How Europe’s Online Sellers Should/Should Not Respond to Wayfair

  • August 09, 2018

Throughout Europe, awareness of the sales and use tax implications of the U.S. Supreme Court’s June Wayfair decision remains relatively low and misconceptions regarding the ruling continue to grow. The fact is that the Wayfair decision represents a historic shift in how U.S. states can require remote sellers throughout the world to register for sales tax, charge the tax and start filing local sales tax returns. Neglecting the numerous sales and use tax rules changes the Wayfair decision is now stimulating can expose some European remote sellers to compliance problems and, worse, reputational risks.

Here are some of the most common misperceptions:

  • Wayfair does not apply to my company since we’re not based in the United States: False
  • The U.S. subsidiary of our EU company can handle this: Not necessarily
  • U.S. states have no way of addressing non-compliance since they don’t usually enforce judgments abroad: Not true

Whether or not a U.S. subsidiary can monitor and address the flood of sales and use tax rules updates streaming from dozens of states depends largely on the size of the operation’s tax function; some of those functions simply do not have the resources to monitor and manage all these changes. Regarding non-compliance repercussions, U.S. states do have the right to require foreign companies to collect and remit sales tax. While it remains to be seen how different states will handle enforcement, keep in mind that states could potentially pursue registered agents of the foreign company or place a tax lien on the non-compliant company’s U.S. bank accounts.

Tax functions in the European-based companies that conduct remote sales in the U.S. should look at the implications of Wayfair, track state-by-state sales tax requirement changes and determine if their sales are affected. Affected online retailers should consider taking the following steps:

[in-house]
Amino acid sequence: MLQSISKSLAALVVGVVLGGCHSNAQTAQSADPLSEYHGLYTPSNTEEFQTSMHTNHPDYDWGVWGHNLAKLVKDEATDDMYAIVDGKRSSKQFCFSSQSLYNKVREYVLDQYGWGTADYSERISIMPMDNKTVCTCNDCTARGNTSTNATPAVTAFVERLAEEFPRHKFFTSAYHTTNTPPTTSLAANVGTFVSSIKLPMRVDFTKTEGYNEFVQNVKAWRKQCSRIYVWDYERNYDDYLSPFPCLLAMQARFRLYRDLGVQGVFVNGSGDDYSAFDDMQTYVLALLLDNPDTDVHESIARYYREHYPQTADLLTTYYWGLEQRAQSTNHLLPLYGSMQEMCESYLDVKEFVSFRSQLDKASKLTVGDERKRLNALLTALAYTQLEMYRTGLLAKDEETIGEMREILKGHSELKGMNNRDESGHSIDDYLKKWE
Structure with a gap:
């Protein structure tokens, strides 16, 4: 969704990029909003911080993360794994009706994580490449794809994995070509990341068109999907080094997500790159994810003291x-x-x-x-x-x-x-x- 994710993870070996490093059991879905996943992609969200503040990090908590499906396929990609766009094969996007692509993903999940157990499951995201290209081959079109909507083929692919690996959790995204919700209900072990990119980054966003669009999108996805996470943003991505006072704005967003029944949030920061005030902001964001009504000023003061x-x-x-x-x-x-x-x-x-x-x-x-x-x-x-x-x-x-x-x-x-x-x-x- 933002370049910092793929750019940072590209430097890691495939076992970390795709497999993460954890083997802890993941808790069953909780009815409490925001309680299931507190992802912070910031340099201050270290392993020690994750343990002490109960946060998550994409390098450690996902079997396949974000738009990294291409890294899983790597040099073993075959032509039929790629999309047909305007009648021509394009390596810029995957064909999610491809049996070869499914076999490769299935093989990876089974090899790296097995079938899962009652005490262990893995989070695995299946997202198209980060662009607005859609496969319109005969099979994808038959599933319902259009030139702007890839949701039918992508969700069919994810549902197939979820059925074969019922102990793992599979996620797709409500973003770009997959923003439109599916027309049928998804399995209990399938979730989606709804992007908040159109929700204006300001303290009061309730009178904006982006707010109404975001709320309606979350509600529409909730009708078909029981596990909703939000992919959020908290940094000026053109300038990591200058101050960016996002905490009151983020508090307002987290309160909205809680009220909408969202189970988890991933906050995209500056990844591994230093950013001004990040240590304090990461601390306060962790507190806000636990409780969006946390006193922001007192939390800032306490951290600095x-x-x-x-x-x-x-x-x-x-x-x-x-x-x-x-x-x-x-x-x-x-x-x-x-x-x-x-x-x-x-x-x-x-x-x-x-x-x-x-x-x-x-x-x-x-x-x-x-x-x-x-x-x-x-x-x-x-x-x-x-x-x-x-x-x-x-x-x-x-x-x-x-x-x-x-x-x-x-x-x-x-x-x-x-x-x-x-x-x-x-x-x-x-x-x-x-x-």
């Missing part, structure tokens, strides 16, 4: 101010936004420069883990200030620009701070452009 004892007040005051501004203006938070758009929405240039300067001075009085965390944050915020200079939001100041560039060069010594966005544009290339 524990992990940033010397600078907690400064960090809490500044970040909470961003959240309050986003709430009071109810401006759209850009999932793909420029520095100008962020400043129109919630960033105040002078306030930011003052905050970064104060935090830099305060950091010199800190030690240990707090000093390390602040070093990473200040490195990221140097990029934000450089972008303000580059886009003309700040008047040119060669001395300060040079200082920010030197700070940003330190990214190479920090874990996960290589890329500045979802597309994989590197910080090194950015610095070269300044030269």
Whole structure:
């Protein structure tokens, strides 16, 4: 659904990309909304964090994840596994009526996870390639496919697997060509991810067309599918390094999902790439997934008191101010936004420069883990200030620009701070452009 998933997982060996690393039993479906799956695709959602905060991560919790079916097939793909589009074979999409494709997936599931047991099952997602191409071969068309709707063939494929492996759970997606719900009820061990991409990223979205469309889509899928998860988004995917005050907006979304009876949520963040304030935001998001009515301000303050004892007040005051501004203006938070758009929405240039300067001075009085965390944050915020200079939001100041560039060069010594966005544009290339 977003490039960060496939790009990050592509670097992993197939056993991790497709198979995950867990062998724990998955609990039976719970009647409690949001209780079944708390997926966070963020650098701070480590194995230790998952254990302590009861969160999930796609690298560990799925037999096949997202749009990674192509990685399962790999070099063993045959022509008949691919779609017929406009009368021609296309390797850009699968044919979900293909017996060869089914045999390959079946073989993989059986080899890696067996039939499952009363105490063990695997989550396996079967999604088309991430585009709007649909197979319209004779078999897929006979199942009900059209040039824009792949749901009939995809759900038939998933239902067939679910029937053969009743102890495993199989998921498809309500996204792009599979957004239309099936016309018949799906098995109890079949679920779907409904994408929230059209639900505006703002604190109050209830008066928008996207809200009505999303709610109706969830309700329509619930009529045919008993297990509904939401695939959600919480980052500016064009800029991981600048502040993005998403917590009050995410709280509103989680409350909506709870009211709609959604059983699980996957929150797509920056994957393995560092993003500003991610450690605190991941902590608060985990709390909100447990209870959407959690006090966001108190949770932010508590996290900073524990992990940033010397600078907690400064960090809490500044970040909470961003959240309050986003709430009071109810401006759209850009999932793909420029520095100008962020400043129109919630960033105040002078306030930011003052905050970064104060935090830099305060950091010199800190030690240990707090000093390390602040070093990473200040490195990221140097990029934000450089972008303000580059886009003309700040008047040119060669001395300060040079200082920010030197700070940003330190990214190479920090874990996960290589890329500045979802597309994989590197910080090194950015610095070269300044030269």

• Start gathering data on turnover and/or the number of transactions that occur within states where the company sells remotely.
  • Prioritize states where the company has the greatest economic presence and create a plan to register to collect and remit sales tax (e.g., via a marketplace, or with a hosted or cloud-based technology solution).
  • Evaluate the financial statement impact of remote seller compliance.  
  • Review invoicing processes and controls, as invoicing errors that occur after the decision is finalized likely will result in more significant customer satisfaction and cash flow risks.

Just as tax leaders in the U.S. will be monitoring the impacts of South Dakota v. Wayfair for some time to come, those based in the EU should be prepared to do the same. My colleagues and I will keep you updated as new developments unfold.

Please remember that the Tax Matters provides information for educational purposes, not specific tax or legal advice. Always consult a qualified tax or legal advisor before taking any action based on this information.

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